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Author Topic: Lincoln Highway Documentary on PBS  (Read 3374 times)

andy3175

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Lincoln Highway Documentary on PBS
« on: January 06, 2015, 11:51:13 PM »

There is a good documentary for the Lincoln Highway in Wyoming:

Video Link: http://video.wyomingpbs.org/video/2365196159/

Other Resources:

http://www.wyomingpbs.org/lincoln-highway.php

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"100 Years on the Lincoln Highway" is the story of the first coast to coast automobile road in the United States. Beginning in Times Square, New York City and ending at Lincoln Park in San Francisco. It was the first real attempt to develop, map, sign and promote a road across the nation. Established in 1913, it traversed more than 3300 miles, cutting across twelve states and four time zones.

Backed by auto manufacturers and auto parts makers, the Lincoln Highway was at first just a collection of existing roads—decaying turnpikes and farm to market roads in the east and wagon and ranch trails in the west. But that soon changed as automobiles became more affordable and numerous people demanded more than rough and often muddy byways. Now the idea of an auto trip further than the confines of their city or town became a real possibility. The Great American Road Trip was born.

In Wyoming, the Lincoln Highway traveled roughly the route of the Transcontinental Railroad 50 years earlier. In fact, in some portions of the state, the Lincoln reclaimed and reused the abandoned bed of the railroad. It crossed into Wyoming at Pine Bluffs near the Nebraska border and traveled westward through Cheyenne and Laramie, Medicine Bow and Rawlins, Rock Springs and Green River, then on to Granger, Lyman, Fort Bridger and Evanston.


http://www.standard.net/Movies-TV/2014/12/08/Wyoming-PBS-wins-first-Rocky-Mountain-Emmy-s-for-documentary-on-Lincoln-Highway

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A driver traveling Interstate 80 between Cheyenne and Laramie encounters a curious sight. There, at the point where the road achieves Sherman Summit, which at 8,878 feet marks the highest point along the transcontinental highway, appears a 13-foot tall bronze bust of Abraham Lincoln.

What a giant bronze of the 16th president is doing along this remote stretch of highway is difficult to discern for a driver traveling in excess of 75 miles per hour. Wyoming, after all, was not a state during the time Lincoln was in office. What connection could he possibly have to this land renowned for its cowboys and wildcatters?

The curious traveler, who pulls over at the rest area beside the sculpture, learns the monument is as much a memento to the late president as it is to the road that later bore his name.

The Lincoln Highway was, in a way, America’s first road. It was the first to traverse the country from east to west. It sparked the idea of the great American road trip. It supported myriad businesses. The Little America Hotel sprung up along its side. It helped Medicine Bow, once boasting 57 small businesses, thrive.

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The roadway's journey, from staring role in the opening act of American automobile history to historical footnote, was the impetus for filmmakers Tom Manning and Kyle Nicholoff’s documentary, "One Hundred Years on the Lincoln Highway."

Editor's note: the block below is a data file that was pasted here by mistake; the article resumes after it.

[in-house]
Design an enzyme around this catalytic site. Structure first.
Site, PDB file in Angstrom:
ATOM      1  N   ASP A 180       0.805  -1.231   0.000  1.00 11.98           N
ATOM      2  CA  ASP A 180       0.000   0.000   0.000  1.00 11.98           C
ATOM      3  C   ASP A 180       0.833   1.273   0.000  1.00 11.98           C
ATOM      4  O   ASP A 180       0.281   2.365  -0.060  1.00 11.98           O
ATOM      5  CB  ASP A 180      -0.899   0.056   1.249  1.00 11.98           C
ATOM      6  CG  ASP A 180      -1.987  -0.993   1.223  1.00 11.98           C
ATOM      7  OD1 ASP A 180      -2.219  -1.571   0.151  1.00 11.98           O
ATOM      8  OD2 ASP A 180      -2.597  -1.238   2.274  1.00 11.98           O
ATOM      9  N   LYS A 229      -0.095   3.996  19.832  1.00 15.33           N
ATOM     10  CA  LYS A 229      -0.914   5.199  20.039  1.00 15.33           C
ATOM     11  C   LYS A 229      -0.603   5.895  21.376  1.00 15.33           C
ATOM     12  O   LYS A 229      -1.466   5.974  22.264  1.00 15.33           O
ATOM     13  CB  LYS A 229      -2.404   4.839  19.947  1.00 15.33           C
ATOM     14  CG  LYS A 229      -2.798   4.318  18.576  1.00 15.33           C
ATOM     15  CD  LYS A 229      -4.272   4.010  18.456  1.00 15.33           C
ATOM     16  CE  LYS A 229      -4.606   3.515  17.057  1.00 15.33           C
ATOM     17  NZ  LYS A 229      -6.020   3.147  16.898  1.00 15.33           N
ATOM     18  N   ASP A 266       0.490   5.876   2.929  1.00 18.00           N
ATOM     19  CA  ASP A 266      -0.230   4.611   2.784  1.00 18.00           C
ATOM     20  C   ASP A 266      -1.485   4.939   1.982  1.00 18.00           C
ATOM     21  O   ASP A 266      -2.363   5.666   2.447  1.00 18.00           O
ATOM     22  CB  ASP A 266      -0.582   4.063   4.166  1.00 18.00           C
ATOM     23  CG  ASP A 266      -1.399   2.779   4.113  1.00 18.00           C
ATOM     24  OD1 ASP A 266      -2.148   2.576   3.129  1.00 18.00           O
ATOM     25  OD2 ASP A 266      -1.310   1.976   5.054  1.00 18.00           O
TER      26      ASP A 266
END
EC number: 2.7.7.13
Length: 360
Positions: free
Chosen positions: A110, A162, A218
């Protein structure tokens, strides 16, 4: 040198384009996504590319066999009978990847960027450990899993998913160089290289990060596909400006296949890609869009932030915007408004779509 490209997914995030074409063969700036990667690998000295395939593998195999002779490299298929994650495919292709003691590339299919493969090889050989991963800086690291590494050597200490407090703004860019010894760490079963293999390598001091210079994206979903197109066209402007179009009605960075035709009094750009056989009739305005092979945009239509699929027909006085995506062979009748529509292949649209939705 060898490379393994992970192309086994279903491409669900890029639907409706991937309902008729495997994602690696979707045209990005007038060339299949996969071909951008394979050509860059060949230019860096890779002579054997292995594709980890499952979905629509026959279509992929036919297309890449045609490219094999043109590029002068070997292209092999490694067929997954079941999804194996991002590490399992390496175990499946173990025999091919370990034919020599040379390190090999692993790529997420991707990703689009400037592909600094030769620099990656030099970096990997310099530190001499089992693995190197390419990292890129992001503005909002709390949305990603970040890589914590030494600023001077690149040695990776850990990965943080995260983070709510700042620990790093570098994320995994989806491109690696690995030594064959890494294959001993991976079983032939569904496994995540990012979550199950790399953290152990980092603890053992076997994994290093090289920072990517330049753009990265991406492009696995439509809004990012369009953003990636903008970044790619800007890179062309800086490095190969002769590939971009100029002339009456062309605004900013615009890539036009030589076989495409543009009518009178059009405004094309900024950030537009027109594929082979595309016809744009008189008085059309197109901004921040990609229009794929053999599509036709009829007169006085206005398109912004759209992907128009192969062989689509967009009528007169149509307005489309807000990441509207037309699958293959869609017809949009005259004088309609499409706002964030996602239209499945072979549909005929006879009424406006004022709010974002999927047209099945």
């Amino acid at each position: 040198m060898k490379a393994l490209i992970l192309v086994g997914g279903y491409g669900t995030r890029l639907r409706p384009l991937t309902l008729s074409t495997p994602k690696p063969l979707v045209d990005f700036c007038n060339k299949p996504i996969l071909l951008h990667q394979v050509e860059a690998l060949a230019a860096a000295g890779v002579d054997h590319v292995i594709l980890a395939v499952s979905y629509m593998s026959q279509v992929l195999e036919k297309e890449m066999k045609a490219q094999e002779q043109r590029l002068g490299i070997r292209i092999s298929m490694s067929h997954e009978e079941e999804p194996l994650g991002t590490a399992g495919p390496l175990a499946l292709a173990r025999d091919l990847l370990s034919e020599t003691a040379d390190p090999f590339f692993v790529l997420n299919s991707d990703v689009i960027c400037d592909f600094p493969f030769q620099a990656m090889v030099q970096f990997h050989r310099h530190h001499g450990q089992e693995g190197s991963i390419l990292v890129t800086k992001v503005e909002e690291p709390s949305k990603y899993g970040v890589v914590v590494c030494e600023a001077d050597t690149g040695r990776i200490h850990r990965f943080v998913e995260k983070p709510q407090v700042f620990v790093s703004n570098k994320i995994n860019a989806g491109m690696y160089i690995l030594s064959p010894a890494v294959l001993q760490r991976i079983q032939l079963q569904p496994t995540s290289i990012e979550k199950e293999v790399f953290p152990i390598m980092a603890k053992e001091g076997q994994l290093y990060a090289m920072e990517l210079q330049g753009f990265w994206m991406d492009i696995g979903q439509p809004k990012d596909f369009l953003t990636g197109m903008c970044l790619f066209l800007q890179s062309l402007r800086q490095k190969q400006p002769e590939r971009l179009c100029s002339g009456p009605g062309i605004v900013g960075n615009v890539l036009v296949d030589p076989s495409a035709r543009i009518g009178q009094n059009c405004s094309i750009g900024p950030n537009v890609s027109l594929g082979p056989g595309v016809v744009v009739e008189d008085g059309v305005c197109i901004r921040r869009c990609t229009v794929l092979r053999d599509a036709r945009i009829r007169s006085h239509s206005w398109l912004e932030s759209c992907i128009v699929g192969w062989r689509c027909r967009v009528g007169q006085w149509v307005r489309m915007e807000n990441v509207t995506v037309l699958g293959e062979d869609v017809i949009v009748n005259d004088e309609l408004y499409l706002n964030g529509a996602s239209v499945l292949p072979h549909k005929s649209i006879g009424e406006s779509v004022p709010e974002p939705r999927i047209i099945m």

The film was produced by Wyoming PBS and recently took home two Rocky Mountain Regional Emmys, for best historical documentary and director. The awards are the station’s first regional Emmys in its 31-year history.

The honor is especially sweet given Wyoming PBS’ size compared with the competition, said Ruby Calvert, the station’s general manager. With 23 full-time employees, Wyoming PBS is the smallest public television station in the country. Vermont, with some 40 employees, employs the second smallest staff.

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The movie, which premiered in March, was aided in large part by a trove of photographs of the road’s constructions in the archives of the University of Michigan. Manning and Nicholoff weave these visual and audio resources into tales from the road.

Like the competition between Medicine Bow and Elk Mountain to have the road officially routed through their respective communities. The owner of Medicine Bow’s Virginian Hotel, August Grimm, eventually took matters into his own hands. He sent out a team setting signs demarcating the highway through his town.

Or the time Eisenhower, then a junior officer in the Army, was part of a cross-country convoy traveling the Lincoln Highway. The road’s poor condition, combined with the sight of the German Autobahn during World War II, convinced the eventual president the United States needed an interstate highway system for national defense.

Ultimately, “One Hundred Years on the Lincoln Highway” seeks to resurrect some of that history and inspire Wyomingites to take to road again.
« Last Edit: January 21, 2015, 01:32:25 AM by andy3175 »
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Regards,
Andy

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wphiii

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Re: Lincoln Highway Documentary on PBS
« Reply #1 on: January 14, 2015, 12:06:07 AM »

Really enjoyed this, thanks for posting!
« Last Edit: January 21, 2015, 01:32:30 AM by andy3175 »
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jander

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Re: Lincoln Highway Documentary on PBS
« Reply #2 on: January 02, 2022, 09:49:45 PM »

Just watched this today, it’s on the PBS app as well if you want to watch it on a TV.
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